Upon showing the diagram of my hypothesis to my thesis class, Bruce mentioned its resemblance to proxemics. Proxemics is a psychological, social-psychological, and anthropological area of study that addresses the use of space in interpersonal communication, usually in regards to the distance between people in conversation. The term was first coined by cultural anthropologist Stuart T. Hall in 1963. Hall notes that the value in studying Proxemics comes from its applicability in evaluation not only the way man interacts with others in his daily life, but also “the organization of space in his house and buildings, and ultimately the layout of his towns.”

Hall’s delimitation are as follows:

Intimate distance for embracing, touching or whispering

  • Close phase – less than 6 inches (15 cm)
  • Far phase – 6 to 18 inches (15 to 46 cm)

Personal distance for interactions among good friends or family members

  • Close phase – 1.5 to 2.5 feet (46 to 76 cm)
  • Far phase – 2.5 to 4 feet (76 to 120 cm)

Social distance for interactions among acquaintances

  • Close phase – 4 to 7 feet (1.2 to 2.1 m)
  • Far phase – 7 to 12 feet (2.1 to 3.7 m)

Public distance used for public speaking

  • Close phase – 12 to 25 feet (3.7 to 7.6 m)
  • Far phase – 25 feet (7.6 m) or more.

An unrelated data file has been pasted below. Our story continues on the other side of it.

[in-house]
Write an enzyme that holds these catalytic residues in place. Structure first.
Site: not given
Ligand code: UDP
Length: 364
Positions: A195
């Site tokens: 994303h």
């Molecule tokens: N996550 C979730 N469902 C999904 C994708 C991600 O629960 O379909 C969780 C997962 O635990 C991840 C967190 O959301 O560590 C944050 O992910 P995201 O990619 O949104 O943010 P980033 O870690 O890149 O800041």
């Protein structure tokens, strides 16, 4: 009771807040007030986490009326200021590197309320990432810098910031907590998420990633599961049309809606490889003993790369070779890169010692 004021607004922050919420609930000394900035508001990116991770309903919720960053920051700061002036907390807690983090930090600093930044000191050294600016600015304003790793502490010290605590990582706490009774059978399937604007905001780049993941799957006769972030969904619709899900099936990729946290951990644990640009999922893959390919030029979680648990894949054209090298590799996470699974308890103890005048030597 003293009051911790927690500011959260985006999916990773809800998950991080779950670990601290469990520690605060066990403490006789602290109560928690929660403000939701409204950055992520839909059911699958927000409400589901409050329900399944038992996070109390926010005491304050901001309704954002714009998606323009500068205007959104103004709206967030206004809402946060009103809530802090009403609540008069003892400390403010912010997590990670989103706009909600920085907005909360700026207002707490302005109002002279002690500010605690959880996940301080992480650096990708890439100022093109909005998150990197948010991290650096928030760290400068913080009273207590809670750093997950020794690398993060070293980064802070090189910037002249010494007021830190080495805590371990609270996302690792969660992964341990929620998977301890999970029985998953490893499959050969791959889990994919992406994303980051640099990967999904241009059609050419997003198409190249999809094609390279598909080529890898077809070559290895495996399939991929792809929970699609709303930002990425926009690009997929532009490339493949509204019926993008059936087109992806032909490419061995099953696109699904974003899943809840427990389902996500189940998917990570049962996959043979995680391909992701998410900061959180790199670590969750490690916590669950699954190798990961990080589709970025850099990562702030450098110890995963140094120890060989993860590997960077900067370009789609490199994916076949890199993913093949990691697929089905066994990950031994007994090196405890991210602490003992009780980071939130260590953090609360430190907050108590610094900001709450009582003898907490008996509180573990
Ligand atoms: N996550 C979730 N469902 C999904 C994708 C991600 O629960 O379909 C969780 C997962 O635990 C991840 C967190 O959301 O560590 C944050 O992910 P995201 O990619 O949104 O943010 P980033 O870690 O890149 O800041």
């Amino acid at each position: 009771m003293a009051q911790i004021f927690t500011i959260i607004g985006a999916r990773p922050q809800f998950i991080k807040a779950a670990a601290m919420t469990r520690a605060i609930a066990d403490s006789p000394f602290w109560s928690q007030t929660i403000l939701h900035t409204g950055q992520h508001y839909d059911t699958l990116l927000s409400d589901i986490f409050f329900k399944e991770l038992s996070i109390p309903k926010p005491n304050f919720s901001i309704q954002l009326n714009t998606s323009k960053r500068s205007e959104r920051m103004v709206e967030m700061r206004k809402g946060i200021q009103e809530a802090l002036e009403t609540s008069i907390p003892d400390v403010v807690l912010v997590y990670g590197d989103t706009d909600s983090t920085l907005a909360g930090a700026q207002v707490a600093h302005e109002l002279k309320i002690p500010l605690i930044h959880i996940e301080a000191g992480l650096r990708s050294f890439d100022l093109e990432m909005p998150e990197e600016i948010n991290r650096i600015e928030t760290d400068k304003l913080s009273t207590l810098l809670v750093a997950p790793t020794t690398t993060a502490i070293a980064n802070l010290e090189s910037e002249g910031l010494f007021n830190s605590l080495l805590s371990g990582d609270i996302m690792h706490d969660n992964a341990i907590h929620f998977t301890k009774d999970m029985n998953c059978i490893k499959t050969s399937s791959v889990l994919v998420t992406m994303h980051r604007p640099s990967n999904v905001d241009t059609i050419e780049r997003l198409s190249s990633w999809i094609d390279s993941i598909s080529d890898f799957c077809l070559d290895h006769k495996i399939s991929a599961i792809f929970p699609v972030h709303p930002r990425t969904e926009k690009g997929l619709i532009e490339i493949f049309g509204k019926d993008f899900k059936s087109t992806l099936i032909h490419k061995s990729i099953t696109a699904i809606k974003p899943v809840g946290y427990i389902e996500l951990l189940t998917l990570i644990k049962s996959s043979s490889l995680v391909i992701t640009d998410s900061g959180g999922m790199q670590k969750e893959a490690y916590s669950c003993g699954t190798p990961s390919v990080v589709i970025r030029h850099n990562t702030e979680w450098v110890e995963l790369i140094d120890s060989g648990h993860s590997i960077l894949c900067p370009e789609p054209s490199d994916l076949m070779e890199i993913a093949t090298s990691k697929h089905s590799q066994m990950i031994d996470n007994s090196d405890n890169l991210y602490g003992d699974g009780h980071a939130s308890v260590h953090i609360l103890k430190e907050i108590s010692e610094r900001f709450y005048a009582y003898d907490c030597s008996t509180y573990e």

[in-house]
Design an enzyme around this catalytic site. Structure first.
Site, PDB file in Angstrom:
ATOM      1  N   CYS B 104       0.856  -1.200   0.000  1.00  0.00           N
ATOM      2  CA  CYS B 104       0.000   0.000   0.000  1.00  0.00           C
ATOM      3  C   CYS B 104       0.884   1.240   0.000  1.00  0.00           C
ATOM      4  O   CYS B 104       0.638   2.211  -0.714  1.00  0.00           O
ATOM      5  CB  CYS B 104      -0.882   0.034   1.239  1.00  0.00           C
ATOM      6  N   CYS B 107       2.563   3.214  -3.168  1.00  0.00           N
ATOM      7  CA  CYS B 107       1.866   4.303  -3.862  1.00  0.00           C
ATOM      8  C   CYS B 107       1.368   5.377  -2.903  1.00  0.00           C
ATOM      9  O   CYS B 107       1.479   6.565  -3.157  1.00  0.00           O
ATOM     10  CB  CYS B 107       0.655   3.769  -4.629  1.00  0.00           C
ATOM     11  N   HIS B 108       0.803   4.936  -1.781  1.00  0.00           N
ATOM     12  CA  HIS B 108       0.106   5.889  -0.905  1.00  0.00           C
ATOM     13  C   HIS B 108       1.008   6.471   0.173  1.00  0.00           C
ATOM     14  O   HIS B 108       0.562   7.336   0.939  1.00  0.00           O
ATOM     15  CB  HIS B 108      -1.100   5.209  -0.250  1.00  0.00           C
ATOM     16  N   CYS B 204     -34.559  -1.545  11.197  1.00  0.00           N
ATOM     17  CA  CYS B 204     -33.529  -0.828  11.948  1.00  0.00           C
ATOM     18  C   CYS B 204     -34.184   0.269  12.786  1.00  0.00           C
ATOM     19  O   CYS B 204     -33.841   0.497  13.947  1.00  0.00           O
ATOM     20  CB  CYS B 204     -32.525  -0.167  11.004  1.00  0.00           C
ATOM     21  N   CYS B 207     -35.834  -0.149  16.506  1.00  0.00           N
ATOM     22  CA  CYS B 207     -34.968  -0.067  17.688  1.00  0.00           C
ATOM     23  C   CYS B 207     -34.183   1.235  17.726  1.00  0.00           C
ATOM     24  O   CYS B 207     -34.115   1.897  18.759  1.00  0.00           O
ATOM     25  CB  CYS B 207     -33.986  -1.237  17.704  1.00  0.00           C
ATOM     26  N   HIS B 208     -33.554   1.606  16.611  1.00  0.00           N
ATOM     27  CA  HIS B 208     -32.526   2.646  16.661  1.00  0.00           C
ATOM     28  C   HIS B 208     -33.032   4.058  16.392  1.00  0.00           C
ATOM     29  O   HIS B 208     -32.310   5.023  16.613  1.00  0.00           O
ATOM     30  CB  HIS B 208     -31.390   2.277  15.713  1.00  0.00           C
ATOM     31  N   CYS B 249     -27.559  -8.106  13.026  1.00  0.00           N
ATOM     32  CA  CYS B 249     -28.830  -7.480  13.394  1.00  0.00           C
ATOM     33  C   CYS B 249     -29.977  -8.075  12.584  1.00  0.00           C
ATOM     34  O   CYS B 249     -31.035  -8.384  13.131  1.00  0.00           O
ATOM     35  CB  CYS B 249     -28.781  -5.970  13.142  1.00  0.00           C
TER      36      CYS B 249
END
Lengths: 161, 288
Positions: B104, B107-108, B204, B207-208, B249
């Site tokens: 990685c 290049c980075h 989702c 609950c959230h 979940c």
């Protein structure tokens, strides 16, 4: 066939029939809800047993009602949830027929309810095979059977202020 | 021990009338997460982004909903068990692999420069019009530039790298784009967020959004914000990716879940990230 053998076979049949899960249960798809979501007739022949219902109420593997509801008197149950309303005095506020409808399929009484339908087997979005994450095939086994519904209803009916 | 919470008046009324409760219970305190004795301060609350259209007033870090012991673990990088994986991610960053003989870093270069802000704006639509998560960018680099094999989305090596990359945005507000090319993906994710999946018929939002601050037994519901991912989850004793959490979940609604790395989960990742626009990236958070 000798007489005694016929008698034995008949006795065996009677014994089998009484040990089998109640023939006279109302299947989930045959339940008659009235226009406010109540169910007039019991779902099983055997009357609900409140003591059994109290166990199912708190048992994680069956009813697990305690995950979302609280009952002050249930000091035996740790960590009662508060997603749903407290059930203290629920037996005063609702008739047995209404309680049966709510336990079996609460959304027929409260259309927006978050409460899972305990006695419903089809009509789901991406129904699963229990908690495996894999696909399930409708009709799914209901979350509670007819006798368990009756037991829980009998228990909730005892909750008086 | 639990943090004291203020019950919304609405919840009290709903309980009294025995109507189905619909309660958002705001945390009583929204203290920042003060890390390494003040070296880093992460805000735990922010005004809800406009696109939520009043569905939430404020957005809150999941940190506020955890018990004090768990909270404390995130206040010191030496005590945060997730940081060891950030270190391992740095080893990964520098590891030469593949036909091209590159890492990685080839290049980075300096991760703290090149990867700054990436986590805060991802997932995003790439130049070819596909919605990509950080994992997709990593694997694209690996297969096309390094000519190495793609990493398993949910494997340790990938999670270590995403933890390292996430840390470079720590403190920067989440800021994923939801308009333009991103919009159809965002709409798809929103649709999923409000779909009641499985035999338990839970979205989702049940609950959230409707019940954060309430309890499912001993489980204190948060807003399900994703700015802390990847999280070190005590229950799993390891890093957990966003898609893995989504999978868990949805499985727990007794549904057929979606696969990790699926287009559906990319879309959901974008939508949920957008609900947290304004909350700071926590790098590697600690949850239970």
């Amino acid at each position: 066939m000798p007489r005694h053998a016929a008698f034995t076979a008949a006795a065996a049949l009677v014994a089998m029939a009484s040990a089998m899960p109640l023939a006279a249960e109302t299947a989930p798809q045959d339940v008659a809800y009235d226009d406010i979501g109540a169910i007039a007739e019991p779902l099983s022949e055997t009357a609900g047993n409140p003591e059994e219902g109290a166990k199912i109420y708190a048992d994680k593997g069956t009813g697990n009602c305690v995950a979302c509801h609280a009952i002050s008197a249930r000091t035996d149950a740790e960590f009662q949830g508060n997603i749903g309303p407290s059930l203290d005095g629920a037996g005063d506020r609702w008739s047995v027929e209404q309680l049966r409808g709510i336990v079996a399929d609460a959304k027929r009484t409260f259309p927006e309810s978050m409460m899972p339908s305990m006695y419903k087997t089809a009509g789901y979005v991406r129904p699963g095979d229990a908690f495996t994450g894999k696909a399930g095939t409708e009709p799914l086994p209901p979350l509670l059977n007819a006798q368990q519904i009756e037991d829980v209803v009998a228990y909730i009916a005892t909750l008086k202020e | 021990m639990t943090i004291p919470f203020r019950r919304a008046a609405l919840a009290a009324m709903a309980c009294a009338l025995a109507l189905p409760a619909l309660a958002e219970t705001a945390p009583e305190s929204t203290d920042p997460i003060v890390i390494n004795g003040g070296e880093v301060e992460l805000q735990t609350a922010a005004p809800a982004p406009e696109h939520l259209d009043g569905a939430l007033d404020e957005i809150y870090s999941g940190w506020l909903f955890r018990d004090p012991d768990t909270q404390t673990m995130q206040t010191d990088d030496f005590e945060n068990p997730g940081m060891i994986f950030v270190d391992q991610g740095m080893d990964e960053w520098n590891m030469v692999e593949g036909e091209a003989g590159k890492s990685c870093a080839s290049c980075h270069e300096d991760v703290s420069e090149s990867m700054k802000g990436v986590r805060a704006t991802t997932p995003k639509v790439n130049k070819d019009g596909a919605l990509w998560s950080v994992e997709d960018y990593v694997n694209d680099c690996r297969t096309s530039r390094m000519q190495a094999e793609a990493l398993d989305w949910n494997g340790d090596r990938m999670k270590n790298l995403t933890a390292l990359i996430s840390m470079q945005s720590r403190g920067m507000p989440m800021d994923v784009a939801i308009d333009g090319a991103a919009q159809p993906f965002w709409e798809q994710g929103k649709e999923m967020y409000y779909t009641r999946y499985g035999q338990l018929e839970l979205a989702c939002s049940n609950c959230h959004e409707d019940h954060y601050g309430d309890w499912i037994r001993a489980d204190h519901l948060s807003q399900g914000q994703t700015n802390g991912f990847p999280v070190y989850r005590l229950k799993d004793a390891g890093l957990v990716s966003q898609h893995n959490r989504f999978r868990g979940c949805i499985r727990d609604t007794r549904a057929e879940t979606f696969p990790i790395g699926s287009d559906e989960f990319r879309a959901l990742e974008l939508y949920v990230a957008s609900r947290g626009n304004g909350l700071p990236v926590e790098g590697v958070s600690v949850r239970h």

To adapt Hall’s observations for my purposes, here are my delimitations:

Intimate distance for materials applied to products that must touch the body all the time.

  • clothing
  • jewelry
  • wearable technology
    • gadgets
    • medical devices

    Factors to think about…
    Aesthetics tied to Perception: If the object is to be seen by other people and if the object is going to be at constant attention of the user such that they would be self conscious.
    Intention: Is the object suppose to do something in particular, does intention over rule aesthetics and perception?

Personal distance for materials applied to products that we often touch.

  • wallet
  • phone
  • computer – input devices
  • stationery – writing instruments & paper
  • tools
  • furniture
  • floor
  • linens
  • table top objects

Public – Touched by lots of people

  • elevator buttons
  • support poles on subway & buses
  • ATM machines
  • vending machines

Distant – sometimes in contact specific people.

  • internal components of computers/gadgets
  • infrastructual devices, such as radio towers, roads
  • public garbage cans
  • pluming

Out of sight, out of mind

  • building materials (insulation)

Exceptions… when a material comes close to the body but sometimes has another material in the way. e.g. seat belts – usually there is clothing as an intermediary, but if the seat belt is not adjusted correctly or if the user does not wearing a shirt that has a collar, the seat belt touches the skin… sometimes seat belt edge irritates the skin. Other good examples are shoes and gloves.


An interesting article regarding proxemics and branding: Place, space and everything in between: the use of Proxemics in Branding.